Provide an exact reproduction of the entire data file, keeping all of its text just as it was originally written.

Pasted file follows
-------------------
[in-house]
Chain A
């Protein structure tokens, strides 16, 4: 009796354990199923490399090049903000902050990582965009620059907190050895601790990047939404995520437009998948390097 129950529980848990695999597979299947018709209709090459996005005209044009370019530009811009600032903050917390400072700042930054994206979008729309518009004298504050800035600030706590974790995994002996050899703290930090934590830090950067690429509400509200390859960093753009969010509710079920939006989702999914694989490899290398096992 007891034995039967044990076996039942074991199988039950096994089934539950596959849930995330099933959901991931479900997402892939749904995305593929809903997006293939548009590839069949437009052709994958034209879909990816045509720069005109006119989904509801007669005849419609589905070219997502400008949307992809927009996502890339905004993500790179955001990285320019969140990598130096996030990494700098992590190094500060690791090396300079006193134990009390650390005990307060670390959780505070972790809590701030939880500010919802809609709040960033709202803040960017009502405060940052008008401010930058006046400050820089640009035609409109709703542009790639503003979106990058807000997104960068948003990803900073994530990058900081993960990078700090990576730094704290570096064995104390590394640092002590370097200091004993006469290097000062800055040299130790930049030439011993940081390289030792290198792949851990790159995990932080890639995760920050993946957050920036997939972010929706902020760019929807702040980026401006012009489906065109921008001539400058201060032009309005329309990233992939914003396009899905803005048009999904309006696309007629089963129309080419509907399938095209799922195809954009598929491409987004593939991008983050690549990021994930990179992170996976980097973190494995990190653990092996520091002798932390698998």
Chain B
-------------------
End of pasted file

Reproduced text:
[in-house]
Chain A
């Protein structure tokens, strides 16, 4: 009796354990199923490399090049903000902050990582965009620059907190050895601790990047939404995520437009998948390097 129950529980848990695999597979299947018709209709090459996005005209044009370019530009811009600032903050917390400072700042930054994206979008729309518009004298504050800035600030706590974790995994002996050899703290930090934590830090950067690429509400509200390859960093753009969010509710079920939006989702999914694989490899290398096992 007891034995039967044990076996039942074991199988039950096994089934539950596959849930995330099933959901991931479900997402892939749904995305593929809903997006293939548009590839069949437009052709994958034209879909990816045509720069005109006119989904509801007669005849419609589905070219997502400008949307992809927009996502890339905004993500790179955001990285320019969140990598130096996030990494700098992590190094500060690791090396300079006193134990009390650390005990307060670390959780505070972790809590701030939880500010919802809609709040960033709202803040960017009502405060940052008008401010930058006046400050820089640009035609409109709703542009790639503003979106990058807000997104960068948003990803900073994530990058900081993960990078700090990576730094704290570096064995104390590394640092002590370097200091004993006469290097000062800055040299130790930049030439011993940081390289030792290198792949851990790159995990932080890639995760920050993946957050920036997939972010929706902020760019929807702040980026401006012009489906065109921008001539400058201060032009309005329309990233992939914003396009899905803005048009999904309006696309007629089963129309080419509907399938095209799922195809954009598929491409987004593939991008983050690549990021994930990179992170996976980097973190494995990190653990092996520091002798932390698998």
Chain B